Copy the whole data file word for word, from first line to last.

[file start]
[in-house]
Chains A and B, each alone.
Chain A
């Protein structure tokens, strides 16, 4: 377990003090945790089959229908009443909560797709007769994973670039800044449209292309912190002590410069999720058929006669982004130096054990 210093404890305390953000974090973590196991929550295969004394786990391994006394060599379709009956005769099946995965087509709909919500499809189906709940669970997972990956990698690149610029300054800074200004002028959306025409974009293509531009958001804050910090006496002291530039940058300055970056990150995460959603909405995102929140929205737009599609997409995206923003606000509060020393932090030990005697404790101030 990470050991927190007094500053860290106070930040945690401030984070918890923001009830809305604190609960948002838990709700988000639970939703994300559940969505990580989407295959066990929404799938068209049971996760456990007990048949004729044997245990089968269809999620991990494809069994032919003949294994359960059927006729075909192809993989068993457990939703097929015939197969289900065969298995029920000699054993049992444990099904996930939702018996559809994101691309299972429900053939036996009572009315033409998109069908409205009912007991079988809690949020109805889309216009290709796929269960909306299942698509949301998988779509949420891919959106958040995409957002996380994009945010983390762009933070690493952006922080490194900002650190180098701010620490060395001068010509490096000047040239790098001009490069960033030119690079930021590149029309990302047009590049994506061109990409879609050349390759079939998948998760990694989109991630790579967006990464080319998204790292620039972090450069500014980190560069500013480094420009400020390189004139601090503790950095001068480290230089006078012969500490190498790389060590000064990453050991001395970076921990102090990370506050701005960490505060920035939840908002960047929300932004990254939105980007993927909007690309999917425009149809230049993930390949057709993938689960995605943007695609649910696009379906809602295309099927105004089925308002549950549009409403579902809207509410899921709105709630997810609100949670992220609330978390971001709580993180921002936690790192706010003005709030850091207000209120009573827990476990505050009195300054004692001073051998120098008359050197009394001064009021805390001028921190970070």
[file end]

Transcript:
[in-house]
Chains A and B, each alone.
Chain A
């Protein structure tokens, strides 16, 4: 377990003090945790089959229908009443909560797709007769994973670039800044449209292309912190002590410069999720058929006669982004130096054990 210093404890305390953000974090973590196991929550295969004394786990391994006394060599379709009956005769099946995965087509709909919500499809189906709940669970997972990956990698690149610029300054800074200004002028959306025409974009293509531009958001804050910090006496002291530039940058300055970056990150995460959603909405995102929140929205737009599609997409995206923003606000509060020393932090030990005697404790101030 990470050991927190007094500053860290106070930040945690401030984070918890923001009830809305604190609960948002838990709700988000639970939703994300559940969505990580989407295959066990929404799938068209049971996760456990007990048949004729044997245990089968269809999620991990494809069994032919003949294994359960059927006729075909192809993989068993457990939703097929015939197969289900065969298995029920000699054993049992444990099904996930939702018996559809994101691309299972429900053939036996009572009315033409998109069908409205009912007991079988809690949020109805889309216009290709796929269960909306299942698509949301998988779509949420891919959106958040995409957002996380994009945010983390762009933070690493952006922080490194900002650190180098701010620490060395001068010509490096000047040239790098001009490069960033030119690079930021590149029309990302047009590049994506061109990409879609050349390759079939998948998760990694989109991630790579967006990464080319998204790292620039972090450069500014980190560069500013480094420009400020390189004139601090503790950095001068480290230089006078012969500490190498790389060590000064990453050991001395970076921990102090990370506050701005960490505060920035939840908002960047929300932004990254939105980007993927909007690309999917425009149809230049993930390949057709993938689960995605943007695609649910696009379906809602295309099927105004089925308002549950549009409403579902809207509410899921709105709630997810609100949670992220609330978390971001709580993180921002936690790192706010003005709030850091207000209120009573827990476990505050009195300054004692001073051998120098008359050197009394001064009021805390001028921190970070």